Pasifika Scholarship Winners Aim To Address Inequality In NZ Health System
Pacific health students with a passion for social justice
are the recipients of the inaugural Leaupepe Elisapeta
(Peta) Karalus Scholarship at Wintec,
Named after respected Pasifika health practitioner and advocate Leaupepe Peta Karalus, the Wintec
is a recognition of her significant contribution to Pasifika communities in the Waikato.
Announced late last year, the scholarship shows a commitment from Wintec to creating more opportunities for Pasifika learners to study with fewer obstacles.
Ioana Marsters (Cook Islands), Merelita Momo (Fiji), Tia Mihaere (Kiribati and Māori), and Jeremii Lavasi’i (Samoa), are each the recipients of the scholarship that pays for tuition fees to complete a degree in the areas of health and social practice at Wintec.
The value of each award varies but is on average equal to the total sum of $30,000 per annum.
Awardees were chosen on the merit of their application, personal character, desire to achieve degree-level study and their involvement in cultural and community life.
The four award winners were formally recognised at a Pasifika community, staff and students’ fono held at Wintec recently. Karalus was present at the ceremony to meet the recipients of the scholarship and to present them with their awards.
Wintec Chief Executive David Christiansen spoke at the event about the barriers that Pasifika students have and continue to face in the New Zealand education system. With the introduction of the scholarship, it is just one way that Wintec is working towards equity and better outcomes for its Pasifika students and their communities.
s is using her scholarship to pursue a Bachelor of Social Work, where she hopes to contribute to the future of Pasifika communities and to address the inequalities many Pacific Islanders face in the health system.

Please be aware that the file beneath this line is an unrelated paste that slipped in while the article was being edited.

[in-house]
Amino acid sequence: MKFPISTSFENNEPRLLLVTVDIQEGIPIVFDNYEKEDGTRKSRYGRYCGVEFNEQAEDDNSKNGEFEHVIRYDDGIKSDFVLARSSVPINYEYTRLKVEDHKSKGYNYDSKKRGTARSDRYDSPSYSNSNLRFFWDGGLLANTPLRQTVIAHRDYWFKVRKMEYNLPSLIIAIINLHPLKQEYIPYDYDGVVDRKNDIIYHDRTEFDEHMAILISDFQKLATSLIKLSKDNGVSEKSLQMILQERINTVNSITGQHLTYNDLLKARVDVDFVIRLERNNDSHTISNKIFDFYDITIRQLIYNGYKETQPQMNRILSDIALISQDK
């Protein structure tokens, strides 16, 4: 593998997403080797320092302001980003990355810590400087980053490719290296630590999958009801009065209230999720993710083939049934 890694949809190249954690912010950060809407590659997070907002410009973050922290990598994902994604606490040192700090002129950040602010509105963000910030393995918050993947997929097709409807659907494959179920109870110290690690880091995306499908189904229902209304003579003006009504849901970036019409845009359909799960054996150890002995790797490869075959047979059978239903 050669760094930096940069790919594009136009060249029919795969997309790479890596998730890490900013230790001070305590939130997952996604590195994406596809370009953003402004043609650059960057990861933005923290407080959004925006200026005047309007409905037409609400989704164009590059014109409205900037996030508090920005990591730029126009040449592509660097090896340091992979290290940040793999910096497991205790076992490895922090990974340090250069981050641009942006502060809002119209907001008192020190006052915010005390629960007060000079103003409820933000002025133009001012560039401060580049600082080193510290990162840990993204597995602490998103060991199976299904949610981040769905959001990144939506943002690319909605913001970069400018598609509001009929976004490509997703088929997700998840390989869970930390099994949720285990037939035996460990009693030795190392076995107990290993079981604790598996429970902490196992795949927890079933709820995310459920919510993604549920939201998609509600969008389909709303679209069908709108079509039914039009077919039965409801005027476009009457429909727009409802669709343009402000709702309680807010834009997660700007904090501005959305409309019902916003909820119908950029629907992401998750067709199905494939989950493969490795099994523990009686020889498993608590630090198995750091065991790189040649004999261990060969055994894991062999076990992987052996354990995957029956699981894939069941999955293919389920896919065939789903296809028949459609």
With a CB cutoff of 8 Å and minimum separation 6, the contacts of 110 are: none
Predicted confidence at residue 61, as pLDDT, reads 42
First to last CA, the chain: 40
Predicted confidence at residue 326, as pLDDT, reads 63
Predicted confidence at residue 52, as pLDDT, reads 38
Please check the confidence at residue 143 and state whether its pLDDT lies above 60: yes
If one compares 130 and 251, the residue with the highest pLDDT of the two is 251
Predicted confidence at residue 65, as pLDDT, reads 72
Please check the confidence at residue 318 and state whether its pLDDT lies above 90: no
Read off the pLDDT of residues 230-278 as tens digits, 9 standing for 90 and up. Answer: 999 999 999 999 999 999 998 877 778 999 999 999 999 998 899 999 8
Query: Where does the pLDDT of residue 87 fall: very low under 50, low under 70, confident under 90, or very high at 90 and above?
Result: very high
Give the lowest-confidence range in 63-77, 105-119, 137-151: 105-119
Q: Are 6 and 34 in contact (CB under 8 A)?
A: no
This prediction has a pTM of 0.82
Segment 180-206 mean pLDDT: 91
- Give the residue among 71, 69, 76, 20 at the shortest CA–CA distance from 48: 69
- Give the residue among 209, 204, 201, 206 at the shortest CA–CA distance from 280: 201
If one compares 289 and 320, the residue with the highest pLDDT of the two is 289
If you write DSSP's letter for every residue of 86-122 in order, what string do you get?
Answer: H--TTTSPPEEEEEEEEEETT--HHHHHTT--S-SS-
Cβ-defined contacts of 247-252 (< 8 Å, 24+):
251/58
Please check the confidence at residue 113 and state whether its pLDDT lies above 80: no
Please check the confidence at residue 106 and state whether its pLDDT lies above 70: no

“My personal motivation for choosing social work as a career centres around a strong sense of social justice that has been instilled in me by my parents and extended whānau,” says Marsters, whose mother was also a nurse.
“I have a particular interest in addressing the inequalities I have seen Pasifika families struggle with. Advocacy and support seem to be hard to access for many families who struggle to navigate the complex health system.”
Imbued with a similar sense of justice is
, who is studying in the Bachelor of Nursing programme.
“I have a strong urge to care and help those who are vulnerable,” explains Momo.
“I want to use my abilities to continue to help anyone that is vulnerable. I’m inspired to go into a career where I can constantly help people overcome problems, and to work towards building a stronger and healthier community.”
, who mother was also a nurse, is a proud member of her I-Kiribati community, and has strong connection to both her Kiribati and Māori heritage, “walking tall in both worlds” as she describes it.
Mihaere, who is enrolled in the Bachelor of Nursing programme, says that “although the health system works hard to meet the needs of all, I see a disparity and misrepresentation in the workforce for a lot of Pasifika and Māori people.”
“In becoming a nurse, I aim to create awareness, offer excellence and connect further with my community,” she adds.
Jeremii Pauletta Lavasi’i
, who is also enrolled in the Bachelor of Nursing programme, receiving the scholarship will create a better environment for him to pursue study and to focus on spending time with his family, something that he hasn’t been able to do as much from having to work to fund his studies.
He says his “ultimate goal is to work in the community as a public health nurse and to use the skills I have learned in my community.”
Three of the recipients began their first year of study this year, and one student is already part way through their degree.
Applications for the next round of the
open in June this year.